Domestic Sluttery is changing! Visit our new homepage to check out our fabulous makeover.


Wednesday 5 October 2011

The boy and his poison: The Gin Martini

I am a man. Granted not always a reliable one, but the one you never mind having around. Admittedly I may turn up to the party three hours late with a slightly gin-glazed, blithe expression, but I'll notice you're wearing new shoes and you've changed lip gloss. Not only that but I'll buy everyone drinks and I'll charm all your best friends until you reluctantly forgive me.

When the subject of being a booze correspondent for Domestic Sluttery came up I'm sure part of me should perhaps have questioned whether a few anatomical points may have presented an obstacle to joining in the fun. Oddly though, all I heard in my head was a small voice chanting 'license for fun', this is like writing for Esquire with a better audience.

So, a brief bit about Nick (that's me, by the way): He loves gin, he's put a ring on it and made it his own. He's not just about nursing cocktail recipes at home though, so he’s going to take this opportunity to introduce you to both where and what is great to drink right now. However all journeys have to begin somewhere, and whilst its been mentioned here before. We really can’t really start anywhere other than the classic martini.

The martini.

Gin or vodka, dry or wet, sweet, perfect or dirty, gibson, twist or olive? When you find a good bar, ordering it should make you feel like the bartender is tending to every nuance of your taste. Its widely accepted that it developed from the sweeter Martinez but for a drink that harks back to the 1800s it certainly doesn’t show its age. There’s also a lovely irony in its rise to prominence… you have the prohibition to blame. With bathtub gin being so easy to make during those dark times it shot to fame, and when the repeal happened the influx of quality gins and flavourless vodkas meant that martini could get drier and drier. Essentially there are two ingredients:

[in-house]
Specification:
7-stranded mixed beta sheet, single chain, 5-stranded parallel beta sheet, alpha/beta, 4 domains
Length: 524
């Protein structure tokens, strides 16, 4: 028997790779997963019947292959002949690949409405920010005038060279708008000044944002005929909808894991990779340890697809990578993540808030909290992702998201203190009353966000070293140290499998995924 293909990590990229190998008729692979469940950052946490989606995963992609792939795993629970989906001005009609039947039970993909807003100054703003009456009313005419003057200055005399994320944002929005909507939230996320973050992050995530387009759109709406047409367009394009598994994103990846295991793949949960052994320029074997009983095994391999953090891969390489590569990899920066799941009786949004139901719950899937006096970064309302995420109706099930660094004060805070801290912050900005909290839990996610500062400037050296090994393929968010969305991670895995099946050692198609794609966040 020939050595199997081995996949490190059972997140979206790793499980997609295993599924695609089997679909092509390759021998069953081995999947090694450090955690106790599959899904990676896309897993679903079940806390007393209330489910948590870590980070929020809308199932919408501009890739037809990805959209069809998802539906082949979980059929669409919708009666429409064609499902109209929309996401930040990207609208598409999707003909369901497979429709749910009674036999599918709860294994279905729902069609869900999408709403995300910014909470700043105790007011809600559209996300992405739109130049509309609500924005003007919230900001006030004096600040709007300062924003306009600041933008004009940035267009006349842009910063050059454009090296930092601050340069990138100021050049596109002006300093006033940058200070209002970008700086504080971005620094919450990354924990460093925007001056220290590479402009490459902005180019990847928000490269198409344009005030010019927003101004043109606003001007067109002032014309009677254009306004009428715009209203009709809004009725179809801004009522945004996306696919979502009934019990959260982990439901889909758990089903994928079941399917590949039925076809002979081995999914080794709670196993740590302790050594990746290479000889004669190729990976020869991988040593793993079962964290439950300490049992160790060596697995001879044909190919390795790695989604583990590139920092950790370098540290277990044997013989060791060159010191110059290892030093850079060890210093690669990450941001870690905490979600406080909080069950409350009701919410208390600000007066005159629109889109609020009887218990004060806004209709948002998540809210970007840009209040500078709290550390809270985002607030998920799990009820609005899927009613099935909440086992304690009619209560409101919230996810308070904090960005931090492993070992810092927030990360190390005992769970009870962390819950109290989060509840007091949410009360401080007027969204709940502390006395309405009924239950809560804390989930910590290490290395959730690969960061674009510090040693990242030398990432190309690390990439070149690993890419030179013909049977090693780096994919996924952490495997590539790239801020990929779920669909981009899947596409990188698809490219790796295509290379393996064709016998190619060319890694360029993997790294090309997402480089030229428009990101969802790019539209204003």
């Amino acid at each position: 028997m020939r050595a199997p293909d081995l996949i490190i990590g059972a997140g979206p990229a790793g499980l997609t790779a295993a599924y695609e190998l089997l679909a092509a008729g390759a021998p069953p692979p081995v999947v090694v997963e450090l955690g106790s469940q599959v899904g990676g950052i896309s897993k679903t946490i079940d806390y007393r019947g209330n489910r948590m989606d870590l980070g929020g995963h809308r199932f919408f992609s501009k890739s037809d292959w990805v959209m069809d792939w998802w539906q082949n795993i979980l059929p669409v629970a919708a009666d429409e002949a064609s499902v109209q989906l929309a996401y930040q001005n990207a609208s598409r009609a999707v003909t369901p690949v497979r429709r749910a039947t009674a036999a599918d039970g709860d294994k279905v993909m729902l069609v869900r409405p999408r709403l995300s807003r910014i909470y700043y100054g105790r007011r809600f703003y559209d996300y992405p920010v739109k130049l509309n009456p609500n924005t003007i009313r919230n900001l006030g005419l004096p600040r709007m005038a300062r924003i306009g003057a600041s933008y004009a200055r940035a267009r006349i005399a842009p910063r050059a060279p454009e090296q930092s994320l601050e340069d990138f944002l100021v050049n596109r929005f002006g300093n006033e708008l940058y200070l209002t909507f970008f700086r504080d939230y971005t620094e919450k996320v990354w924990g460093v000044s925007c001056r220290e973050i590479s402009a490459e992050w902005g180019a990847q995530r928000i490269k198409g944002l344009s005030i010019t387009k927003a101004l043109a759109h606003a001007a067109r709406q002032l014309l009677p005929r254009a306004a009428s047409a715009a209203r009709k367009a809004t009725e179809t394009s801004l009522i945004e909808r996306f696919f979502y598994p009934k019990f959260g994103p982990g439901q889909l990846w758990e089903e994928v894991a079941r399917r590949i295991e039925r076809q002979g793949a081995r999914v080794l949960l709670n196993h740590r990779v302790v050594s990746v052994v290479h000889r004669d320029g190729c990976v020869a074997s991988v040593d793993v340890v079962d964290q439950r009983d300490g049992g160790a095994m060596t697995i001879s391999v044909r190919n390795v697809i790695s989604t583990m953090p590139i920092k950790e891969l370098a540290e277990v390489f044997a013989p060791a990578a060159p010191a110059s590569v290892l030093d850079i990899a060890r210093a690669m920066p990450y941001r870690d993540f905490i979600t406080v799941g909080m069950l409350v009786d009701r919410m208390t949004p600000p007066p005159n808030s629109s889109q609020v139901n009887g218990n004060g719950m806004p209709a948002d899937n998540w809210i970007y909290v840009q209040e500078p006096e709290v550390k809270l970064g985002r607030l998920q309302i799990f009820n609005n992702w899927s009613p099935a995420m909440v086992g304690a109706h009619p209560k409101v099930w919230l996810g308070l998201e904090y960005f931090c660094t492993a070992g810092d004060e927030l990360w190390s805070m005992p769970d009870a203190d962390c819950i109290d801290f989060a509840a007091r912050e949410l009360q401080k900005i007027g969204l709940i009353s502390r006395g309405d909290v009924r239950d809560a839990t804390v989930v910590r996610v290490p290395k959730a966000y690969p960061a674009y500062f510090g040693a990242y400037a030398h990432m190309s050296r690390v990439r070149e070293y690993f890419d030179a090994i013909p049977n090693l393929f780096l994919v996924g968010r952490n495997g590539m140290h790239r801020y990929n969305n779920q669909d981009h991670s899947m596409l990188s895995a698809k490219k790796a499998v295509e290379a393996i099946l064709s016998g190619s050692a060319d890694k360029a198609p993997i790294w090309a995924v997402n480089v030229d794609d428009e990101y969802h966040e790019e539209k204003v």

1. 2oz/50ml of gin or vodka. The best you can get your hands on.
  2. A dash of vermouth around 5ml. Kina Lillet makes Bond's vespers, Noily Prat has amazing subtlety in its flavour but there's nothing wrong with Martini Extra Dry.
And then comes the art…

The Nick Martini (a la Dukes Hotel)
  1. Freeze your gin for 2 hrs (over night if possible).
  2. Chill a small martini or coupe glasse in the same freezer
  3. Add a splash of your vermouth to the glass
  4. Pour in the frozen gin
  5. Take a strip off an unwaxed lemon (amalfi if possible) with a vegetable peeler and pinch it between your fingers over the drink. Brush the lemon over the rim of the glass then drop it in skin side up.
The Dirty Martini (traditional stirring method)
  1. Fill your martini glass with ice (crushed if possible) and slug a dash of vermouth over the ice.
  2. Add a handful of your ice to your cocktail shaker, then your gin, and then 3/4tsp of brine from an olive jar. Stir 10-20 times.
  3. Tip away the ice and the vermouth into the sink (enjoy the excess of chucking away your low proof booze but savour how nice that martini lining to the glass will make the drink)
  4. Strain your gin into the glass and drop a lovely plump olive in. Think of it as grown up bobbing for apples.


  1. As someone who has been at the receiving end of Nick's cocktail generosity: BE WARNED.

  2. I remember a foray to Chez Nick... It involved straight from the bottle absinthe. Sounds like I need to visit again!

  3. Sluttery nights are going to be even more troublesome now...

  4. Gin Martini's at Dukes are just fabulous!


Note: only a member of this blog may post a comment.

Related Posts Plugin for WordPress, Blogger...